Andrew and Luda, a pair of Kyrgyzstan photographers collaborate frequently, and they run a shared journal where they post their photographs of assorted wildlife and outdoor scenery. One of the most recent activities embarked on this year was trip to the Kamchatka Peninsula in Russia where the pair photographed violent Tolbachik, a volcanic complex.
Tolbachik is comprised of not one, but two volcanoes, Plosky (flat) Tolbachik (3,085 m) and Ostry (sharp) Tolbachik (3,682 m). The latter, Ostry is the volcanoes highest point, and the mountain is often referred to as Ostry Tolbachik. The latest recorded eruption was late in 2012 which started from two fissures that lasted for over a month. The molten lava flowed up to as far as 12 miles from a line of fissures on the volcano’s south side.
Andrew and Luda were able to capture some of this volcanic activity when they went right at the heart of the event. The dangerous trek produced some absolutely spectacular images straight out of a Science fiction novel such as Jules Vernes’ 1864 classic, A Journey to the Centre of the Earth.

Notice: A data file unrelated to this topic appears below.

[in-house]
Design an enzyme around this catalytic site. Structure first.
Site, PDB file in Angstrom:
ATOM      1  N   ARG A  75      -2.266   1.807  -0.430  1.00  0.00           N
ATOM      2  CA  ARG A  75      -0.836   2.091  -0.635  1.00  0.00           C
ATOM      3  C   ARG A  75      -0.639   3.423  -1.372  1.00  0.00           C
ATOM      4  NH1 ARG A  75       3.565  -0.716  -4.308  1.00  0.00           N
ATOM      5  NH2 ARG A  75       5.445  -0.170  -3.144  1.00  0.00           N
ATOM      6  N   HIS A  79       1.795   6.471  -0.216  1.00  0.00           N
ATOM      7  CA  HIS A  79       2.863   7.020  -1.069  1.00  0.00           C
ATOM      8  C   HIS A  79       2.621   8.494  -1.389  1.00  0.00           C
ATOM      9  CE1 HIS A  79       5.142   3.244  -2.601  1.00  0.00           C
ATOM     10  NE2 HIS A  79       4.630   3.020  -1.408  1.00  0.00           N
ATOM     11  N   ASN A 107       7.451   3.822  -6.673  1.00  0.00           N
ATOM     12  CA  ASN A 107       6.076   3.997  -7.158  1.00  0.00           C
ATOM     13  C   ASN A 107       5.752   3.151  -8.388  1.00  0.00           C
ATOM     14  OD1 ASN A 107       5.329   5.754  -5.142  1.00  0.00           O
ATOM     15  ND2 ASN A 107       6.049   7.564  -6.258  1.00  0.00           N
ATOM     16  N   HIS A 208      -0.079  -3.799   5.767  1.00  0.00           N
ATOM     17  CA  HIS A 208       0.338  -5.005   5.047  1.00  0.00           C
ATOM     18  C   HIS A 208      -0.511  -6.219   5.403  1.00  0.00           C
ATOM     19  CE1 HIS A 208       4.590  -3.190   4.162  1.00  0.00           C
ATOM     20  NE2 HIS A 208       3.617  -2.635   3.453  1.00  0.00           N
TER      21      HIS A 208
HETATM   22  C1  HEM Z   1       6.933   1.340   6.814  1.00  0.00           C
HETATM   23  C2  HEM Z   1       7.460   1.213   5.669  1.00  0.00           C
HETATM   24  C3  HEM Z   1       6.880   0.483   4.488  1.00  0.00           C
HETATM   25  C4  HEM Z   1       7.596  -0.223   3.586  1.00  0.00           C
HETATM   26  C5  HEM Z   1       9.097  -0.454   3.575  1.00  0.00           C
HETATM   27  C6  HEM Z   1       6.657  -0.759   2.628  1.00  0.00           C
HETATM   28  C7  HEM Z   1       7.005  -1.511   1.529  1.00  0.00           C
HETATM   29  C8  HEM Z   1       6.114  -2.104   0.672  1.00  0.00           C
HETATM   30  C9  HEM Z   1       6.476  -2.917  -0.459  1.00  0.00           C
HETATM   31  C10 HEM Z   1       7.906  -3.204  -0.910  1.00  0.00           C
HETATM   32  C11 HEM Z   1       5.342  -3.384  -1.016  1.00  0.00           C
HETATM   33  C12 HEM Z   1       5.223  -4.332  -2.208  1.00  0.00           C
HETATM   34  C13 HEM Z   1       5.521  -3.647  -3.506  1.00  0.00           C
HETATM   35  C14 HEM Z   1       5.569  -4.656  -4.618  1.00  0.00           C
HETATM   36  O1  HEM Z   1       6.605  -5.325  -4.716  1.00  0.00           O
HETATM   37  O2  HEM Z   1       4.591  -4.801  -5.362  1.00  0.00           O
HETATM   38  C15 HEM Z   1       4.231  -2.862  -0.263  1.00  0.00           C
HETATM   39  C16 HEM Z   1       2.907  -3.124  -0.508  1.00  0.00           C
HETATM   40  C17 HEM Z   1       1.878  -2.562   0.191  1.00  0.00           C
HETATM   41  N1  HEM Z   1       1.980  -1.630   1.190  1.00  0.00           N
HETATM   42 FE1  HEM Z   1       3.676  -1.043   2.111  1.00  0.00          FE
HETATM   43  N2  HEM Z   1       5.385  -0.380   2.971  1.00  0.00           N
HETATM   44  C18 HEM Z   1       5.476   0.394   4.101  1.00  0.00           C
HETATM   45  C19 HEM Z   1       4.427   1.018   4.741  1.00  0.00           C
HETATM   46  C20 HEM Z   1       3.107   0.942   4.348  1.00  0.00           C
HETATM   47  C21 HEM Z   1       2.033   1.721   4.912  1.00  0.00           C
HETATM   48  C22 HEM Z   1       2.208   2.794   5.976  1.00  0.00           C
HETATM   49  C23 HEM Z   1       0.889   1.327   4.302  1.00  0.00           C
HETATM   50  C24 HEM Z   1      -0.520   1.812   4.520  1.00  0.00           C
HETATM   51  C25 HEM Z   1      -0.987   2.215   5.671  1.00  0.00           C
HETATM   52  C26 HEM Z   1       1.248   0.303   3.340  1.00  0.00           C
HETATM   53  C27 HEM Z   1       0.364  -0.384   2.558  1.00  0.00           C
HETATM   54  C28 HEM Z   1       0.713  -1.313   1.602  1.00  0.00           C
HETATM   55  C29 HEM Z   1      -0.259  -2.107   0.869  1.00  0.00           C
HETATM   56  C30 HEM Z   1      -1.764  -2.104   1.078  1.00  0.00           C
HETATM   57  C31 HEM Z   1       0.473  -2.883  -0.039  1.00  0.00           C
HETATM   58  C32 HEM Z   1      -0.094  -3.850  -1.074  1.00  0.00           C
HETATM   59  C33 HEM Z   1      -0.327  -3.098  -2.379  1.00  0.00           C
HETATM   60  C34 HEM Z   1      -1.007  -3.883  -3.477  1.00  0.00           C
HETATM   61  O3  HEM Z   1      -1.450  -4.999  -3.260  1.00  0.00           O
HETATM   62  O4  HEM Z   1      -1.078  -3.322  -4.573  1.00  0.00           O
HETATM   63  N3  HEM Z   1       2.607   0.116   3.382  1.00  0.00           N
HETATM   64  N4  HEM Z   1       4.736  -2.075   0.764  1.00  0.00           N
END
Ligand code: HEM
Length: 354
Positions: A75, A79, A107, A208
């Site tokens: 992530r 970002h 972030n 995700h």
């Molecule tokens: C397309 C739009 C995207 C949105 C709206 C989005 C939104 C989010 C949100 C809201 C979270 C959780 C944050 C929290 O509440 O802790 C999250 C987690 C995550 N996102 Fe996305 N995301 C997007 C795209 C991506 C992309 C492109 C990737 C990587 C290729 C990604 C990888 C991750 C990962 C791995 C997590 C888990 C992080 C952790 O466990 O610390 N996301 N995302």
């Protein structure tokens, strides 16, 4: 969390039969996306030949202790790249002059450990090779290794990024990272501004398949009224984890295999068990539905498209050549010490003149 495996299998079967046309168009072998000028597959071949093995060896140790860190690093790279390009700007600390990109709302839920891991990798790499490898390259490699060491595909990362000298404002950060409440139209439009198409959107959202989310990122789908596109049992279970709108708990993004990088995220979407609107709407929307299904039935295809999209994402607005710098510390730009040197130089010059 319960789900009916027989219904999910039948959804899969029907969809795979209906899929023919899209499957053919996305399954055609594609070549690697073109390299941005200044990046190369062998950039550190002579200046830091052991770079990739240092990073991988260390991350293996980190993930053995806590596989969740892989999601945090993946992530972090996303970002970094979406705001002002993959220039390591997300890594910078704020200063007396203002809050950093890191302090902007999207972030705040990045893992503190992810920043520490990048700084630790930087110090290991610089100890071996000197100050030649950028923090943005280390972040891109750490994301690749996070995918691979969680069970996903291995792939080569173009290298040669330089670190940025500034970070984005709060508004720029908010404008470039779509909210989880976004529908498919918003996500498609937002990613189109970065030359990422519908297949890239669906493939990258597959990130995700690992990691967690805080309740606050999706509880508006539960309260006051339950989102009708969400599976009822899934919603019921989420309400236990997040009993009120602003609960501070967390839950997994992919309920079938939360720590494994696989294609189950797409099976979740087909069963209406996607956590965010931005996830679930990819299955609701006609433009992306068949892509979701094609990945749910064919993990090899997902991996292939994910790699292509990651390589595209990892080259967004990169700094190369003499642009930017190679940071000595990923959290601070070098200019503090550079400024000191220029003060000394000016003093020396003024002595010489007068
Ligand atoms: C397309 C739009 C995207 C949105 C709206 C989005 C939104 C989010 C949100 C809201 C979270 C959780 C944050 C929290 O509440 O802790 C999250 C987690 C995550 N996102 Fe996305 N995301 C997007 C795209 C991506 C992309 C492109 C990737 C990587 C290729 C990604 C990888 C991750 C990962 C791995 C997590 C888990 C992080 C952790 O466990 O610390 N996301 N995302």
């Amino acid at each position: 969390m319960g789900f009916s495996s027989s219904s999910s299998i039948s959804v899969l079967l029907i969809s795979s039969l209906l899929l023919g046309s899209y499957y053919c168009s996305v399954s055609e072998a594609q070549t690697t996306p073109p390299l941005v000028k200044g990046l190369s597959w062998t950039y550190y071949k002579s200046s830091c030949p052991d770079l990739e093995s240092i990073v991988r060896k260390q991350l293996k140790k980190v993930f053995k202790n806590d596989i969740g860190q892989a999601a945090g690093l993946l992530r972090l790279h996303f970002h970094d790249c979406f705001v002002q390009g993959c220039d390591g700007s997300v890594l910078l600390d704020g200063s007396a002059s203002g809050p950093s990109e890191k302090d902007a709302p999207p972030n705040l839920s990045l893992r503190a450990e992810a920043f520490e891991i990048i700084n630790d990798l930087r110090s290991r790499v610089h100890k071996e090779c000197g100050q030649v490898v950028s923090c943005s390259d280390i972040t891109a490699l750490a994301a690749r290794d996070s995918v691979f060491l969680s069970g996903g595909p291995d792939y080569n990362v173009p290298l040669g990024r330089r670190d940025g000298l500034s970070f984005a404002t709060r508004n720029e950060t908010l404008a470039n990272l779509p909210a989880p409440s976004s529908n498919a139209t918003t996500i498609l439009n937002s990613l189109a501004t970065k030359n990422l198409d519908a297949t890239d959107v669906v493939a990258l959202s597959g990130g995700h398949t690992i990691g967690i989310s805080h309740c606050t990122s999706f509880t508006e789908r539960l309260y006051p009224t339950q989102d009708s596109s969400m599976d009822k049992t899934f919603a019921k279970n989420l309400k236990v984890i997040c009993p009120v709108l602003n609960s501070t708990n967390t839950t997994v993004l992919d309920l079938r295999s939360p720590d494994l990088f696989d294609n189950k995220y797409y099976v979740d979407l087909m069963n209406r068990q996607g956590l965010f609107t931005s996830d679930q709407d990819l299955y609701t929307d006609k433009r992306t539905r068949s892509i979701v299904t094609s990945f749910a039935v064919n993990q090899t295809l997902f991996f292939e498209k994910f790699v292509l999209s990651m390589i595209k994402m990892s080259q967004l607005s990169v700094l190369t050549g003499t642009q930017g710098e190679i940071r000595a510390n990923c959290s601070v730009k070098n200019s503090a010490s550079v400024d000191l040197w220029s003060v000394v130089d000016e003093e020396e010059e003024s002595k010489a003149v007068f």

The audacious photo shoot shows various craters with smoldering, molten lava, looking as if they could extend to the deepest recesses of the earth. There is one image of a gaping hole, full of liquefied lava, almost belying its deadliness.It is also easy to visualize a landscape such as this during pre-historic eras when the earth was still taking shape.
One would think that anyone willing to brave such temperamental volcanic activity is insane, but then again without the daring and nerve of an Andrew and Luda, we would not have a front row seat to some of the most spectacular shows the earth can stage. It is also a humbling reminder of the awesome might the planet can let loose at any given time it wishes. Earth’s power unleashed, is and always will be, something to behold with wonder and humility. Dozens of the photographs taken can be viewed here.